The facts are clear. Here is the path the world’s nuclear weapons are on today.
There are eight nuclear weapons states. Two others are close.
North Korea is within months of having effective, high-yield thermonuclear weapons and intercontinental ballistic missiles for their delivery.
Diplomacy, sanctions, and international pressure will never cause North Korea to give up these capabilities.
North Korea is probably already capable of targeting other Asian nations with nuclear weapons, and will soon be able to strike the U.S.
The world — having permitted this irresponsible and belligerent rogue state to go into production of deliverable nuclear weapons — will never be able to deny then to any state. Nonproliferation is dead.
North Korea is going into production of nuclear weapons and intercontinental ballistic missiles, for sale to aggressor states and terrorists. These sales will probably be enough to lead to the destruction of several cities each year.
Within a few years, Iran will also be producing enough nukes per year to enable Hezbollah, Hamas, the Houthis, and others to destroy a similar number of cities per year.
It is already becoming clear to the world that the only safety factor a state can have is possession of ready nukes. By 2030, enough technologically advanced states (Japan, South Korea, Taiwan, Saudi Arabia, Egypt, Turkey, Germany, Australia, etc.) will have brought the total number of nuclear weapons states to about twenty.
By 2040, the number will have increased to about thirty as nations which formerly relied upon the U.S. nuclear umbrella for protection realize that we cannot cover everyone.
By mid-century the world’s count of nuclear weapons states will be about forty, as the most-advanced third-world states will have parlayed the reactor technology they’re building today into nuclear weapons.
But this is only the beginning. Proliferation will continue apace. Nuclear weapons will be everywhere, uncounted, unprotected. They will be readily available for acquisition by failed states, failing states, states undergoing civil wars, criminals, extortionists, and disaffected individuals. Nuclear weapons will be as available as assault weapons and high explosives are today.
Our world will have become one of nuclear horror and chaos. The globe will be dotted by the radioactive ruins of deserted cities, large and small. And there is no way back.
Today’s path leads directly to this result.
Do we have any alternative? Absolutely! But only one.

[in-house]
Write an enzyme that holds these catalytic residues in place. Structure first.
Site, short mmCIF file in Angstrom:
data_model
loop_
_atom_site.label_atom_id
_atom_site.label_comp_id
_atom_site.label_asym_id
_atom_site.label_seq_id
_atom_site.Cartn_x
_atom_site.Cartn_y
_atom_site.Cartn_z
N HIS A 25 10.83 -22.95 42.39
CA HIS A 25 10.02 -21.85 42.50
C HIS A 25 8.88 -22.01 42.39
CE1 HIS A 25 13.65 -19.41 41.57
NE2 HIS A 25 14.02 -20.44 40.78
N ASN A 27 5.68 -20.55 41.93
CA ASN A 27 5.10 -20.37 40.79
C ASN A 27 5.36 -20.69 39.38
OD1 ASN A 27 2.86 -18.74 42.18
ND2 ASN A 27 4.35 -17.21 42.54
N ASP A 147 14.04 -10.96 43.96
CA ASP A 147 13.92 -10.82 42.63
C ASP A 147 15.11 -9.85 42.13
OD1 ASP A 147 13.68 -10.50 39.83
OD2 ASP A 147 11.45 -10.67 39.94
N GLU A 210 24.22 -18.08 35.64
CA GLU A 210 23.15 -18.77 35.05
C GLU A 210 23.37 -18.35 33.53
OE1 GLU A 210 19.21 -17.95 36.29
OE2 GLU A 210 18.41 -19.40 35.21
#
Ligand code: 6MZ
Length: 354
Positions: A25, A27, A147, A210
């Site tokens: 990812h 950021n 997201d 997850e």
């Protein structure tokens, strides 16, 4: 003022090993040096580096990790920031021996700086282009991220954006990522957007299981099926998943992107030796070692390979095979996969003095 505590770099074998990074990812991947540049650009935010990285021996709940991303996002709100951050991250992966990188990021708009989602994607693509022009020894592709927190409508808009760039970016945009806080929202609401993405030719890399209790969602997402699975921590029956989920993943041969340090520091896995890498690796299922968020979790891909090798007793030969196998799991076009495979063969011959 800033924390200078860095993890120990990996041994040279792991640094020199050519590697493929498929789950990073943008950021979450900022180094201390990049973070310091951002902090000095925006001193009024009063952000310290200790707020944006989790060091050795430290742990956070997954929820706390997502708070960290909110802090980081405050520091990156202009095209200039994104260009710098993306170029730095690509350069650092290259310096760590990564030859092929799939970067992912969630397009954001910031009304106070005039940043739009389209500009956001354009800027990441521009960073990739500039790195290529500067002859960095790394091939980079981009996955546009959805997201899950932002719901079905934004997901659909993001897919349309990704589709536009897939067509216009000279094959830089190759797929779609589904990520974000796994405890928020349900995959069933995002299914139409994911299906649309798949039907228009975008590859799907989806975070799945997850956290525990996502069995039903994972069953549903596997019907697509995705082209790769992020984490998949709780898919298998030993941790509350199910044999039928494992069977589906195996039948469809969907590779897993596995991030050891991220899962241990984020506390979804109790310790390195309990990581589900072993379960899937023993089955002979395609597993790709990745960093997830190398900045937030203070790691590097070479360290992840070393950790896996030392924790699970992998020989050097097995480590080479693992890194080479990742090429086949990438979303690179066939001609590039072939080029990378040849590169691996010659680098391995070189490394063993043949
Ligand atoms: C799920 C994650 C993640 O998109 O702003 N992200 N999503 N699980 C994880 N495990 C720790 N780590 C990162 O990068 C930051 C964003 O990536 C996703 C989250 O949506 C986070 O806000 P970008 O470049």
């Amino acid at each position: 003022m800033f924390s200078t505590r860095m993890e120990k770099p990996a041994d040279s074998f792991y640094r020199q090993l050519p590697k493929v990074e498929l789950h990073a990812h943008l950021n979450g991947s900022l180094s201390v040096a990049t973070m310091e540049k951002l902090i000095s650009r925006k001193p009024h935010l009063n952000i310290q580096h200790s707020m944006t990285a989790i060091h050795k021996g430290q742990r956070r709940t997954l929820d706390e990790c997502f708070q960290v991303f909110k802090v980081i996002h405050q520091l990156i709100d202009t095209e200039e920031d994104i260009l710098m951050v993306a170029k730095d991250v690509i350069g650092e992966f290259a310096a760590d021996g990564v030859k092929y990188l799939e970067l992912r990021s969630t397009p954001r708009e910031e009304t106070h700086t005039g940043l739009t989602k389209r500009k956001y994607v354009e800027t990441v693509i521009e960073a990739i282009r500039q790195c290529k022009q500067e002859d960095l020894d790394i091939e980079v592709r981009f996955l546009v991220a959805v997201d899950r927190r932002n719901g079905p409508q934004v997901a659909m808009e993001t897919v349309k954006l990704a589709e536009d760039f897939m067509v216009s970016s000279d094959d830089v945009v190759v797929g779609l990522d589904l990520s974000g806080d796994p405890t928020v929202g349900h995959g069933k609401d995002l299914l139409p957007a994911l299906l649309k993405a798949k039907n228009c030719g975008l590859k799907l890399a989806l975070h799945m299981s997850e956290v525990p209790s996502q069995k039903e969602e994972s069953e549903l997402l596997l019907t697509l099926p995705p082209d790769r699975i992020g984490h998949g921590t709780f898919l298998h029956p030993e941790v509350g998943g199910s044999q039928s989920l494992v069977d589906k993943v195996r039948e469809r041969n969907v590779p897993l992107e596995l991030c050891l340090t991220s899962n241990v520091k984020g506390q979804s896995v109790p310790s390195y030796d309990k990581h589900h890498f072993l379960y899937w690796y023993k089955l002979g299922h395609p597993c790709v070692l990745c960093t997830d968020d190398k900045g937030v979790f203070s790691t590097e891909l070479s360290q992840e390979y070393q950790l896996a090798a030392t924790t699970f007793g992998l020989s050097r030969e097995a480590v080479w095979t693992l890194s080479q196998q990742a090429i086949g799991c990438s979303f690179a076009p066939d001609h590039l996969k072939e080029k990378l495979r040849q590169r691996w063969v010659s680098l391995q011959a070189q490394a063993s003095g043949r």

The U.S. must use conventional military force to dismantle — totally — North Korea’s nuclear weapons capability. After giving a final ultimatum, strike immediately and hard. Disable all electric power. Disable all possible communications systems. Demolish all leadership sites. Demolish all known nuclear and missile facilities. Assist South Korea in countering the missiles and artillery targeting Seoul, and in ensuring that the capital’s population is saved. Increase the tempo, day after day. Be alert for negotiations, but total nuclear dismantlement is non-negotiable.
When North Korea is resolved, the whole world will feel an immense surge of hope. Maybe nonproliferation can be saved.
Next tackle Iran, another rogue state, and the world’s top supporter of terrorism. Same demand: total nuclear dismantlement, with permanent, intrusive, international verification. Same limitation to conventional force. When Iran declines, demolish the Natanz uranium enrichment facility as an early element in the negotiation process. Attempt to achieve nuclear dismantlement with more carrot than stick, but get thee job done.
America will have done the impossible. The world is back to eight nuclear weapons states, with no readily apparent proliferators. Now the job is to keep it that way, remembering the lesson so painfully just learned: nonproliferation requires enforcement.
This calls for another American miracle. We must launch a decades-long diplomatic crusade to convince the world that it is possible to live comfortably with nuclear weapons.
We do this by starting with the landmark Nonproliferation Treaty (NPT) of 1970. Its creators had the wisdom to base the entire treaty on a two-tier structure of nations: five approved nuclear weapons states (permanent members of the United Nations Security Council), with the remainder (currently 185) signing as non-nuclear weapons states. The obvious step that must be taken now is to empower these five — individually or collectively — with the responsibility for enforcing nonproliferation on behalf of the U.N., using conventional military force, if necessary.
Two treaty adjustments (formal or informal) will be required. The five must be given this authority under the NPT, and the Comprehensive Test Ban Treaty must not apply to the five (so their enforcement capability can never be questioned).
Will the five be willing to accept this responsibility? Only time will tell, but it seems the best alternative. Will the rest of the world agree? Not at first, but what a challenge for U.S. diplomacy.
The world can be saved, but only if America has the courage to act immediately to enforce nonproliferation, and then commits to the sustained diplomatic leadership necessary to make nonproliferation permanent.
Robert R. Monroe, vice admiral, U.S. Navy (Ret.), is former director of the Defense Nuclear Agency.